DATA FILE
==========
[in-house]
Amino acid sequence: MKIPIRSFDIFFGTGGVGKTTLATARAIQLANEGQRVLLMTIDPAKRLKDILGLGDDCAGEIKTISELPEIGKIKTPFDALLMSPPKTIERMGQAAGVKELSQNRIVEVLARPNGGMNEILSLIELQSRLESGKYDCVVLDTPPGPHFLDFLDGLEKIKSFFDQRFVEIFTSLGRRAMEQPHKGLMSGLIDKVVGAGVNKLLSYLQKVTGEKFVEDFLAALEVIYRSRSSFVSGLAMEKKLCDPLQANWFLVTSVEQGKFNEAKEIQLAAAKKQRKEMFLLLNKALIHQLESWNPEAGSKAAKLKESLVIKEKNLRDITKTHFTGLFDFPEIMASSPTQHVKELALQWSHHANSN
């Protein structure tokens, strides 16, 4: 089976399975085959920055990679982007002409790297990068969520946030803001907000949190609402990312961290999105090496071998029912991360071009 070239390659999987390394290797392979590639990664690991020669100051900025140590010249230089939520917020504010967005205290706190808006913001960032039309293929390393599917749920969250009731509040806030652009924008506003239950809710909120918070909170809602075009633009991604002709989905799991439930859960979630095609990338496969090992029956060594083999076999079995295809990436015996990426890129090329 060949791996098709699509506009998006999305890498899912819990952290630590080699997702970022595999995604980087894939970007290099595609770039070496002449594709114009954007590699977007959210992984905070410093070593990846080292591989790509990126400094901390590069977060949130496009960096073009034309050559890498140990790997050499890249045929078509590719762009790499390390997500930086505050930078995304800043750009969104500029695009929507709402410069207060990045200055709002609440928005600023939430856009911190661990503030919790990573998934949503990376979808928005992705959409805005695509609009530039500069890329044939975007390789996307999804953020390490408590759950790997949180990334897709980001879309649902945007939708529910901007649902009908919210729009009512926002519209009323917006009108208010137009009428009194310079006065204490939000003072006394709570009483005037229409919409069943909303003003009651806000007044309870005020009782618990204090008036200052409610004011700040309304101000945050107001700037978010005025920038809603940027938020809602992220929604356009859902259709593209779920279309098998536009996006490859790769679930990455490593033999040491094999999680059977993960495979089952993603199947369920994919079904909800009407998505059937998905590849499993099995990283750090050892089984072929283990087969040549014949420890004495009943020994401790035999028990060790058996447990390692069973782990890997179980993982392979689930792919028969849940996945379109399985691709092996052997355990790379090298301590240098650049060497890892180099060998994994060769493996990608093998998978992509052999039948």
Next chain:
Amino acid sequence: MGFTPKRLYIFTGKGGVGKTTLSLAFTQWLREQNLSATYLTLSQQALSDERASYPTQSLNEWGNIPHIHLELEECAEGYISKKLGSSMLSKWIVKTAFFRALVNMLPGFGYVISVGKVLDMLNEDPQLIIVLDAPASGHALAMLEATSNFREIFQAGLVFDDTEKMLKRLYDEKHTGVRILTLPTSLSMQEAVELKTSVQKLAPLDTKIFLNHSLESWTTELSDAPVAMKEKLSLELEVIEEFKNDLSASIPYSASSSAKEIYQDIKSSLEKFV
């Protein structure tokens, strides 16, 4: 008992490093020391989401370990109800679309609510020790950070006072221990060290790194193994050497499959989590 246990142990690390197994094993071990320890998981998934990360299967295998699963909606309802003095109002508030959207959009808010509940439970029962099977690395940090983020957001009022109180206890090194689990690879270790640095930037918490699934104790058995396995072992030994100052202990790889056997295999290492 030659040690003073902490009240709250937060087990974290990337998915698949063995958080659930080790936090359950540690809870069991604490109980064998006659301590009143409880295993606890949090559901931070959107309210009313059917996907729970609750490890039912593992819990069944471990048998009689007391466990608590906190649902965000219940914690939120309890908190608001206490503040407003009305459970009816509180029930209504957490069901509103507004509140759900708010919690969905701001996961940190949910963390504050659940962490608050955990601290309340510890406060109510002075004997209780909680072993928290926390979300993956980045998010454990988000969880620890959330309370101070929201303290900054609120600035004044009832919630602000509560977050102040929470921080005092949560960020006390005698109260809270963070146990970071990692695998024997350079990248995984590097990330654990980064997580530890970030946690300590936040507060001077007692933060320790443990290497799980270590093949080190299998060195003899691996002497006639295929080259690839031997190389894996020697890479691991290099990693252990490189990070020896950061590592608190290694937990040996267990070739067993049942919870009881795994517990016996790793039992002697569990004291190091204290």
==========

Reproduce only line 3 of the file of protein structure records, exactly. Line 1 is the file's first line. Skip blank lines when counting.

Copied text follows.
């Protein structure tokens, strides 16, 4: 089976399975085959920055990679982007002409790297990068969520946030803001907000949190609402990312961290999105090496071998029912991360071009 070239390659999987390394290797392979590639990664690991020669100051900025140590010249230089939520917020504010967005205290706190808006913001960032039309293929390393599917749920969250009731509040806030652009924008506003239950809710909120918070909170809602075009633009991604002709989905799991439930859960979630095609990338496969090992029956060594083999076999079995295809990436015996990426890129090329 060949791996098709699509506009998006999305890498899912819990952290630590080699997702970022595999995604980087894939970007290099595609770039070496002449594709114009954007590699977007959210992984905070410093070593990846080292591989790509990126400094901390590069977060949130496009960096073009034309050559890498140990790997050499890249045929078509590719762009790499390390997500930086505050930078995304800043750009969104500029695009929507709402410069207060990045200055709002609440928005600023939430856009911190661990503030919790990573998934949503990376979808928005992705959409805005695509609009530039500069890329044939975007390789996307999804953020390490408590759950790997949180990334897709980001879309649902945007939708529910901007649902009908919210729009009512926002519209009323917006009108208010137009009428009194310079006065204490939000003072006394709570009483005037229409919409069943909303003003009651806000007044309870005020009782618990204090008036200052409610004011700040309304101000945050107001700037978010005025920038809603940027938020809602992220929604356009859902259709593209779920279309098998536009996006490859790769679930990455490593033999040491094999999680059977993960495979089952993603199947369920994919079904909800009407998505059937998905590849499993099995990283750090050892089984072929283990087969040549014949420890004495009943020994401790035999028990060790058996447990390692069973782990890997179980993982392979689930792919028969849940996945379109399985691709092996052997355990790379090298301590240098650049060497890892180099060998994994060769493996990608093998998978992509052999039948």